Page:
The German Federal Cabinet on Wednesday cleared the EEG 2016 bill. Federal Minister Gabriel speaks of a paradigm shift for the renewable’s support. It looks like the government may have a very ambitious timetable in mind to get the bill through the legislative process. Continue reading ‘Federal Cabinet Clears EEG 2016 Bill – Starting the Parliamentary Race to Meet EU State Aid Law Deadlines’
Author Archive for Mutthias Leng and Alexandra Bednarek
The German Federal Cabinet last week agreed on three energy projects items on its energy turnaround agenda. This included the (very limited) opening of tenders for the support of renewable energies for other EU Member States, the revision of the Incentive Regulation Ordinance amending incentives towards investments into distribution networks, and the decision to implement the KFK-proposal regarding the financing of the nuclear power phase-out, including post spin-off liability.
Cabinet members and state premiers have reportedly agreed on key points of the Renewable Energy Act 2016 reform (EEG 2016). According to Chancellor Angela Merkel, final agreement has not been reached yet, but outlines and orientation points are clearly recognisable. Energy minister Gabriel said that agreement was reached on 90% of the issues.
The European Commission has declared German plans to grant EUR 1.6 billion public financing for decommissioning and subsequently closing eight lignite-fired power plants to be in line with EU state aid rules.
To boost electric car sales in Germany, the government last week presented a new initiative, proposing incentive premiums of EUR 4,000 for all-electric cars and EUR 3,000 for plug-in hybrids. The initiative was presented after a high-level meeting at the Chancellery between several ministers and car industry representatives. The project is still on the political level, so that several details of this e-mobility initiative still have to be worked out. As half of the premium shall not be paid by the government but by (participating) car manufacturers, we still have to see who will pay the premium, and whether commercially the premium will be only half of the politically announced figure.
The Commission to Review the Financing for the Phase-out of Nuclear Energy (Kommission zur Überführung der Finanzierung des Kernenergieausstiegs – KFK) presented its final report on 27 April 2016. It included a proposal to establish a EUR 23.3 billion state operated fund to finance nuclear waste storage, initially paid for by the power plant operators of Germany’s four large utilities – RWE, E.ON, Vattenfall and EnBW. Responsibility for decommissioning and dismantling the nuclear power plants shall remain with the operators indefinitely.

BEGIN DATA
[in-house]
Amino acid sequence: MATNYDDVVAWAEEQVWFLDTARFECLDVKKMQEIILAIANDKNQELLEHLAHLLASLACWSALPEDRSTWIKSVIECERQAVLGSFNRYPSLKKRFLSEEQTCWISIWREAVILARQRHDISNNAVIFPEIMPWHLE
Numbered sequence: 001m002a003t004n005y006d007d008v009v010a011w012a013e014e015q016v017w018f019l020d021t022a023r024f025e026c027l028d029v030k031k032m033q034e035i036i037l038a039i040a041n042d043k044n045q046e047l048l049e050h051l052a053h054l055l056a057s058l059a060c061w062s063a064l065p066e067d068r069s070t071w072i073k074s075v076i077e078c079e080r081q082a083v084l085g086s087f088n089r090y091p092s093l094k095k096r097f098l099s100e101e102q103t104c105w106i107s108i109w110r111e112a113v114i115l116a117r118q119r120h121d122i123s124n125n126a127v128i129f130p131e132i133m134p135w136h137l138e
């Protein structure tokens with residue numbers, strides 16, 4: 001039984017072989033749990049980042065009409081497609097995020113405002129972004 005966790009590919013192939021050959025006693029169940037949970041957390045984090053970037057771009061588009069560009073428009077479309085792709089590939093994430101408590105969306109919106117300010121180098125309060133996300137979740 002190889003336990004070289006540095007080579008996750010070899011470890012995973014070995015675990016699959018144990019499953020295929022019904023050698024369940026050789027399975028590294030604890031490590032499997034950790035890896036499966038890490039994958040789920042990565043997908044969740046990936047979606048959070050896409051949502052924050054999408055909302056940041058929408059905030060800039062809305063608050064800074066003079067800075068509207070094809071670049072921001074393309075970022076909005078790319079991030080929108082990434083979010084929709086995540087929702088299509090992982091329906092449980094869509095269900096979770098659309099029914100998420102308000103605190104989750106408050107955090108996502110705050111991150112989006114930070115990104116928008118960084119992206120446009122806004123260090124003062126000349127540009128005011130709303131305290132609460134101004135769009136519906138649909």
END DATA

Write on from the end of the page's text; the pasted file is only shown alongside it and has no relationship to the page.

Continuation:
With its Electricity Market 2.0 project, the German government wants to take an important step towards enhanced integration of renewable energy sources into the electricity market. Renewables in 2015 already constituted about one third of Germany’s electricity consumption. The challenge is to integrate an increasing amount of intermittent renewable energy with feed-in priority into the system, in a secure, cost-efficient and sustainable way.
On 13 April, the Committee on Economic Affairs and Energy of the German Bundestag held a public hearing on the Act on the Digitisation of the Energy Turnaround. A key component of this bill is the Metering Point Operating Act (Messstellenbetriebsgesetz – MsbG). Despite agreement in many areas, the experts also remained critical on various aspects of the bill.
In 2015, CO2 reductions using renewable energy electricity supported by the German Renewable Sources Act (EEG) amounted to about 103 million tonnes. In the same period, net EEG payments amounted to about EUR 22.6 billion. Average cost per tonne of CO2 reduced using the EEG therefore amounted to about EUR 219/tonne. During the same period, the price for EU Emission Allowances (EUA) at the EEX secondary market was somewhere between above EUR 6 and below EUR 9 per tonne CO2.
The Bonn Regional Court (LG Bonn) dismissed EnBW’s compensation claim against the Federal Republic of Germany and the State of Baden-Württemberg. EnBW had asked for EUR 261 million because of the temporary unlawful moratorium shutdown of the Neckarwestheim I and Philippsburg I nuclear power plants.